Alabama and Georgia filed motions Thursday in the US Court of Appeals for the Eleventh Circuit [official website] seeking to stay proceedings [press release] on challenges to their immigration laws pending a ruling by the US Supreme Court [official website] in Arizona v. United States [docket]. The Supreme Court agreed [JURIST report] Monday to rule on a challenge to Arizona's controversial immigration law [SB 1070 materials], which criminalizes illegal immigration and requires police officers to question an individual's immigration status if the officer has a "reasonable suspicion" to believe an individual is in the country illegally. Alabama Attorney General Luther Strange said, "[t]he Arizona case will substantially affect many of the legal questions that are critical to Alabama's appeals pending in the 11th Circuit." Georgia Attorney General Sam Olens said, "[w]e strongly believe that, as the Supreme Court has said before, immigration is a partnership between the states and the federal government, and we hope that the Court will reaffirm that partnership."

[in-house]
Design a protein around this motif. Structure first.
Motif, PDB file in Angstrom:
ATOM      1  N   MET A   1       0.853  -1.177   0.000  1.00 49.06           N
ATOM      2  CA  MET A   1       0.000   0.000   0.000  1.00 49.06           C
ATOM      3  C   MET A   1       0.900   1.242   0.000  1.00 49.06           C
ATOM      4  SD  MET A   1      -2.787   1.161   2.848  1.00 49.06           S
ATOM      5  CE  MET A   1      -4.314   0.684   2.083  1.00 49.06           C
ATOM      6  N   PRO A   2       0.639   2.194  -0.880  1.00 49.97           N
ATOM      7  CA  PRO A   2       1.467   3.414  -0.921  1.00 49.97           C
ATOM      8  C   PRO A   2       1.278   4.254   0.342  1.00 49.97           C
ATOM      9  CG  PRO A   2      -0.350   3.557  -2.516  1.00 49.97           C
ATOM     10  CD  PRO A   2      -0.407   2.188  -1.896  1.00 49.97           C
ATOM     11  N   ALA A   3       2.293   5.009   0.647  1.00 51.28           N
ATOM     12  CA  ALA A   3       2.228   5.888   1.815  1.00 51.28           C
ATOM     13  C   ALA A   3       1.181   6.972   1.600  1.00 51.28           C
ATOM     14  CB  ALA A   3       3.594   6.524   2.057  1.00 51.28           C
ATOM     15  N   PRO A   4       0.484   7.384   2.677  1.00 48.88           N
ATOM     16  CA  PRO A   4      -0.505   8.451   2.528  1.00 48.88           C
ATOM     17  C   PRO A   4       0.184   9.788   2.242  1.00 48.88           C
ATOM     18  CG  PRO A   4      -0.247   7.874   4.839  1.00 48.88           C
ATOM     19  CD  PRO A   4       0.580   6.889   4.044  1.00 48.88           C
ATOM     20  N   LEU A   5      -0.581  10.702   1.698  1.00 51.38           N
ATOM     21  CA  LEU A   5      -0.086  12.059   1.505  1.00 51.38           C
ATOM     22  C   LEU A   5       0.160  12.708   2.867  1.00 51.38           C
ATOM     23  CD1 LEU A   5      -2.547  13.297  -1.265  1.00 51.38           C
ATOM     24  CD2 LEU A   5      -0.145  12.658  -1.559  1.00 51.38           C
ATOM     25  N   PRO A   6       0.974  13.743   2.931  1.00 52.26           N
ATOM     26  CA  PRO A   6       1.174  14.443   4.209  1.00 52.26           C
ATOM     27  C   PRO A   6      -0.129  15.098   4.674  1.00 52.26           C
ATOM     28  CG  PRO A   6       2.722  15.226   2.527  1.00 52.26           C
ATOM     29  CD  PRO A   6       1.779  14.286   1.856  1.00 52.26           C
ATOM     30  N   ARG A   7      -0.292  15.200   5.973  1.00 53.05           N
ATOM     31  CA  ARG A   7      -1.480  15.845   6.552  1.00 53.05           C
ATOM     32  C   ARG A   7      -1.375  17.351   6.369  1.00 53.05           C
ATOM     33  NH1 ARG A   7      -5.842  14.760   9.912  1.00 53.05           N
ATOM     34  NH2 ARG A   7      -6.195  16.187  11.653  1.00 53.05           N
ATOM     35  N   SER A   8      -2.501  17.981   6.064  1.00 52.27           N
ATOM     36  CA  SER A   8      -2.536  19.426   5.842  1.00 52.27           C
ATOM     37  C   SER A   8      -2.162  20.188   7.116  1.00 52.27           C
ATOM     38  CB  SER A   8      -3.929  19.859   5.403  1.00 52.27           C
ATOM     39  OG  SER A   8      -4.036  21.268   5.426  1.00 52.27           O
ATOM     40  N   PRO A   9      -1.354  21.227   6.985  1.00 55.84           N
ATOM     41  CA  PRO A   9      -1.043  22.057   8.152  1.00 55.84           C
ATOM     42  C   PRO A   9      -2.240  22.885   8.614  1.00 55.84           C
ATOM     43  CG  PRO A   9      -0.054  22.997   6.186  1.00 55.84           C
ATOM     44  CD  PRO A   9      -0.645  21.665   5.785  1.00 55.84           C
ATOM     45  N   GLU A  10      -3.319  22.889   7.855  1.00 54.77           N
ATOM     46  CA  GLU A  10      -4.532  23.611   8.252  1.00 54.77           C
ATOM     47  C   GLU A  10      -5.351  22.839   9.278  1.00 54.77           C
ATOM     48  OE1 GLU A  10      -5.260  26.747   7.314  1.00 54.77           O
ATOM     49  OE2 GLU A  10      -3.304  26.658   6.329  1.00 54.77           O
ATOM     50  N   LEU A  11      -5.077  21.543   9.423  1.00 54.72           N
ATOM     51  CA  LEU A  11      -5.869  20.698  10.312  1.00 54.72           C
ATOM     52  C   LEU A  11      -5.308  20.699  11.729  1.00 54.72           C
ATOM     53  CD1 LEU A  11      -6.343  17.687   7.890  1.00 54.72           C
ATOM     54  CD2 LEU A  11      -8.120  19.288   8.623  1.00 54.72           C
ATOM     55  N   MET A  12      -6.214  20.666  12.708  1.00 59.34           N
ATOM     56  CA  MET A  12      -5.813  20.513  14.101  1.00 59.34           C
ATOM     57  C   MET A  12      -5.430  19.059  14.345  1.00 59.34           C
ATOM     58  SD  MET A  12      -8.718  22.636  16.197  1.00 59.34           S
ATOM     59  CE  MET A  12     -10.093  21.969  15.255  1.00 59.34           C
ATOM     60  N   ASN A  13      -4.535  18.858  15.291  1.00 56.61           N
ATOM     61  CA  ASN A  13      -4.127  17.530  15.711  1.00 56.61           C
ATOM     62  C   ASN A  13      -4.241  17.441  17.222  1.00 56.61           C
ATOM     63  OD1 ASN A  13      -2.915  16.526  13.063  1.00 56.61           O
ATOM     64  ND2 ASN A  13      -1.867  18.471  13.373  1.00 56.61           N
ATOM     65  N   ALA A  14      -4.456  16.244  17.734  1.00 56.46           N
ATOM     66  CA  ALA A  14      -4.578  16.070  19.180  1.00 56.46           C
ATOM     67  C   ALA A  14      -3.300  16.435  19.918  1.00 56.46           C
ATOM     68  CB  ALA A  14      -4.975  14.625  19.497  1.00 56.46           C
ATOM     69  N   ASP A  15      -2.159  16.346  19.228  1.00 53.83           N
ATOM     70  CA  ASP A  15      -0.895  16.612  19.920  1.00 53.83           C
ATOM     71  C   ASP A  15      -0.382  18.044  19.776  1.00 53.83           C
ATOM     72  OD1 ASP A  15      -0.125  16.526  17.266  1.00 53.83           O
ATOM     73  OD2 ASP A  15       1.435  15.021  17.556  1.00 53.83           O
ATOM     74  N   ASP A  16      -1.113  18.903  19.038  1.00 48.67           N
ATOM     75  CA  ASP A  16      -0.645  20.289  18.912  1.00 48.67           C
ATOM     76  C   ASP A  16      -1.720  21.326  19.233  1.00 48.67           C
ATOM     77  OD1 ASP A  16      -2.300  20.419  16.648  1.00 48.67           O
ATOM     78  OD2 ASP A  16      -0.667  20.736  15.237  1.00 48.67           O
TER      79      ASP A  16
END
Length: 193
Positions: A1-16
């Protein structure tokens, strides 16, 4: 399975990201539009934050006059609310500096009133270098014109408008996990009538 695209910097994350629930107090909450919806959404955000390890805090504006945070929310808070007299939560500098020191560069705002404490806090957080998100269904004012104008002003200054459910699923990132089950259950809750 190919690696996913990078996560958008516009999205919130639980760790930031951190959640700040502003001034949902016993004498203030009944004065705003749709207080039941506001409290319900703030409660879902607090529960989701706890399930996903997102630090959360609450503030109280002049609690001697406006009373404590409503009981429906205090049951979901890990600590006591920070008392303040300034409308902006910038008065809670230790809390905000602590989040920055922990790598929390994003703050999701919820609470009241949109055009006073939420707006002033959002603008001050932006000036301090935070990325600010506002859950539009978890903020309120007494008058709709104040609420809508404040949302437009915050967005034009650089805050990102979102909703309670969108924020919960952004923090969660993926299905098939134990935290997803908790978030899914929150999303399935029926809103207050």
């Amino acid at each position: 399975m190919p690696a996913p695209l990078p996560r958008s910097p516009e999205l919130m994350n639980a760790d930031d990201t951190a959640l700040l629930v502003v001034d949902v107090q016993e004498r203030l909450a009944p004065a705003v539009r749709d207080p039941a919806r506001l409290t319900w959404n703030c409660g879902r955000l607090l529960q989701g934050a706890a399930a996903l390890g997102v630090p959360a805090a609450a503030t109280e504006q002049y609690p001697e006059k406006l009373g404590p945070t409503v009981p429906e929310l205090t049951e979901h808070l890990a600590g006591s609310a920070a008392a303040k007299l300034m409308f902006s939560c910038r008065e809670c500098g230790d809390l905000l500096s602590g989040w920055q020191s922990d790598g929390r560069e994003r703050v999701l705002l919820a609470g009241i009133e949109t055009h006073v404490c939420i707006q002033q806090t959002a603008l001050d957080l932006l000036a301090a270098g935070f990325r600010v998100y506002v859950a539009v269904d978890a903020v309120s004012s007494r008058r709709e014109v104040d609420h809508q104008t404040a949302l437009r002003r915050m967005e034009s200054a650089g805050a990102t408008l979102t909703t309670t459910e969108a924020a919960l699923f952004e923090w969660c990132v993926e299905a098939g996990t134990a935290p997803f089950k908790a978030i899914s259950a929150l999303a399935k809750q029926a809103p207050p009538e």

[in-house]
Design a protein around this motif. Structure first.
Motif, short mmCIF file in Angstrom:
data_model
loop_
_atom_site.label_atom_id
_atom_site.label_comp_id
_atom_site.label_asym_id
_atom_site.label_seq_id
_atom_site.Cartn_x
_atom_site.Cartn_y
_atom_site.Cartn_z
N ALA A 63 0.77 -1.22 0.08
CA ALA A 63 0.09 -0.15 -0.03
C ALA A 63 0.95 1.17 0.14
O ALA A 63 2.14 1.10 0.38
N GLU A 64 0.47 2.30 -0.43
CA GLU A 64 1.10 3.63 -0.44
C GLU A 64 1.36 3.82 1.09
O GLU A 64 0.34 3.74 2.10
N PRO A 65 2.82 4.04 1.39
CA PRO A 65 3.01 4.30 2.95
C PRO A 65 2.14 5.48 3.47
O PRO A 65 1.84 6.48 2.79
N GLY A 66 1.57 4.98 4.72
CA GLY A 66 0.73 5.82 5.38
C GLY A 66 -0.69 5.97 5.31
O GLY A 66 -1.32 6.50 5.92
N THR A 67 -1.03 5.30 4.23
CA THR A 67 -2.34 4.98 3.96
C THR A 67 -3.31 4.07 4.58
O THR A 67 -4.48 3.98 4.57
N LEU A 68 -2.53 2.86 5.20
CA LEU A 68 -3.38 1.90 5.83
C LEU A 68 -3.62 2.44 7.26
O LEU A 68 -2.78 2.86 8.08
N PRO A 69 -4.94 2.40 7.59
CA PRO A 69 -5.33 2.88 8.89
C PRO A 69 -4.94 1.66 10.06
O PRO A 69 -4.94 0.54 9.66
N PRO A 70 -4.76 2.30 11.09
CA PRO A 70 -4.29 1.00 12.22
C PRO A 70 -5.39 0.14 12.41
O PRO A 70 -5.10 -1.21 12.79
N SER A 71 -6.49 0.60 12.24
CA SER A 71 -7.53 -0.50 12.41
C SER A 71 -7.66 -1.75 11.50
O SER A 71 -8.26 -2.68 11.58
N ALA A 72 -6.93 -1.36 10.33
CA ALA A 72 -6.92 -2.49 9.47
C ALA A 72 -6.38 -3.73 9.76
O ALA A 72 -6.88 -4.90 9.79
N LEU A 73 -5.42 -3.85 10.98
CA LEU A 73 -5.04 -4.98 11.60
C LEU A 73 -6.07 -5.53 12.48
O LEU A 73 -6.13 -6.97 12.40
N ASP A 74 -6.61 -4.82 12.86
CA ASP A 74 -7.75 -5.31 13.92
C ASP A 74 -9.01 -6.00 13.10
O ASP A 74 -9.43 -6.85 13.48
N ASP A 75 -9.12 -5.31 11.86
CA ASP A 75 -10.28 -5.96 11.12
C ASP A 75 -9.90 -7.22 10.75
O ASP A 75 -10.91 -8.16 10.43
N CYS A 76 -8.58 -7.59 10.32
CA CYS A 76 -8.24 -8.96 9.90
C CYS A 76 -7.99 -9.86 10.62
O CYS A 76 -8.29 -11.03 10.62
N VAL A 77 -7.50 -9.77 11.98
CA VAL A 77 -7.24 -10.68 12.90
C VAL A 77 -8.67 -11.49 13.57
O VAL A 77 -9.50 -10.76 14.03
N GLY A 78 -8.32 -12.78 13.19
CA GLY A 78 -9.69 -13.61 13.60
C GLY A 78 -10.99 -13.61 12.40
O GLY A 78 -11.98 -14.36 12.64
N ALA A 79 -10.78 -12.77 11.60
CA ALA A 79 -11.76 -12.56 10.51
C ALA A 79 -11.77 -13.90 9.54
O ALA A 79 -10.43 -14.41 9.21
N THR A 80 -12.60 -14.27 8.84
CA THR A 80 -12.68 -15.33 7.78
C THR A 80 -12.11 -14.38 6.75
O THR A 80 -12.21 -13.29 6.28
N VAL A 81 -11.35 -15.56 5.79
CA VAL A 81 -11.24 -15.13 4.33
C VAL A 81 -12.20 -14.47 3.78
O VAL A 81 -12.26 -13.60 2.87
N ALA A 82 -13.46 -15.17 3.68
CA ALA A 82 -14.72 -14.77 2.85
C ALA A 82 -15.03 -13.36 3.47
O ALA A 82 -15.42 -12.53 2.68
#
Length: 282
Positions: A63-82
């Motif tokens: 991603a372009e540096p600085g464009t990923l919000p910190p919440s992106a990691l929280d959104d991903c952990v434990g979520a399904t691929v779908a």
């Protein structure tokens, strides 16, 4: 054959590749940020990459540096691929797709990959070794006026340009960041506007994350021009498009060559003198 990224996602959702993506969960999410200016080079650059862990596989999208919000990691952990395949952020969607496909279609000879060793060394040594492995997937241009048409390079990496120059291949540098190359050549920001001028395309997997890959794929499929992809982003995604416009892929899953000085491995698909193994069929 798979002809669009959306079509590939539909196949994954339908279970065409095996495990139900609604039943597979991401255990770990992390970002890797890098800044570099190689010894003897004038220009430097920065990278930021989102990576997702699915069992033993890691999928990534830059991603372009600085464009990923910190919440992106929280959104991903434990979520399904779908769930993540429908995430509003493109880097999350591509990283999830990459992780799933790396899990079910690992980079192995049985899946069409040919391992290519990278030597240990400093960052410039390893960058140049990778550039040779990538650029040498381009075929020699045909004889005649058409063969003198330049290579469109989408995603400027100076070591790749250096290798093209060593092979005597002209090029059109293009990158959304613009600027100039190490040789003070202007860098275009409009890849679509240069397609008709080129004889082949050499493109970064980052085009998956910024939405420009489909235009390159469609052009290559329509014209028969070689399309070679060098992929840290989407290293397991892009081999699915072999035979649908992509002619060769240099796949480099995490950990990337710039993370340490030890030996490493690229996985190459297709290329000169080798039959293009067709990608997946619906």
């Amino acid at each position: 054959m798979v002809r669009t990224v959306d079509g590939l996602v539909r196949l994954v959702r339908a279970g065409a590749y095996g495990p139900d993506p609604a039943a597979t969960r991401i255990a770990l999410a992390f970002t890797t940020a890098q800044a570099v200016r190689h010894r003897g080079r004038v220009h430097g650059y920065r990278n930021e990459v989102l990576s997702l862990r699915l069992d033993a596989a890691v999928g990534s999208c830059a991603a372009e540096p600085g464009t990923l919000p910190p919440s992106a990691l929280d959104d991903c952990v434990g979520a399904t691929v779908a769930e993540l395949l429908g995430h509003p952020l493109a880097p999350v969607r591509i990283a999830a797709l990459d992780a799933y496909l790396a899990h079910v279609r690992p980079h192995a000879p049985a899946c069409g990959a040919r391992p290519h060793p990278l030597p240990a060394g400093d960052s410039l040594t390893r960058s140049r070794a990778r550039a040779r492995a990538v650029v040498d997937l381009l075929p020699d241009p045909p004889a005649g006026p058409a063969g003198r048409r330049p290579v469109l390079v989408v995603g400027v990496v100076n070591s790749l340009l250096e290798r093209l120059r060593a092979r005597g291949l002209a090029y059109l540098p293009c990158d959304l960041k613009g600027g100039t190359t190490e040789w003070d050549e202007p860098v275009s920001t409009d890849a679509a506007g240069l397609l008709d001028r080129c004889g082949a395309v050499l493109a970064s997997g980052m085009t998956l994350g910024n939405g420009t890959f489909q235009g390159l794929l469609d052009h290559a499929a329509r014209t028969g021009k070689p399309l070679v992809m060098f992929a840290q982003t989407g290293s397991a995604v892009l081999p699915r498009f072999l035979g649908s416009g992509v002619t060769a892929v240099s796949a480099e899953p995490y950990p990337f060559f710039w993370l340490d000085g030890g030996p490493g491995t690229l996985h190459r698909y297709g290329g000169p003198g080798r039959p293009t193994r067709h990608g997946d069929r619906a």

Earler this week Human Rights Watch reported that Alabama's immigration law is resulting in human rights violations. Last week Alabama Governor Robert Bentley [official website] announced that he would work with lawmakers to make the law more effective [JURIST report]. In November the US Commission on Civil Rights [official website] announced that it will examine the impact [JURIST report] that state-enacted immigration enforcement laws have on individual civil rights. Challenges are also pending to immigration laws in Utah and South Carolina [JURIST reports]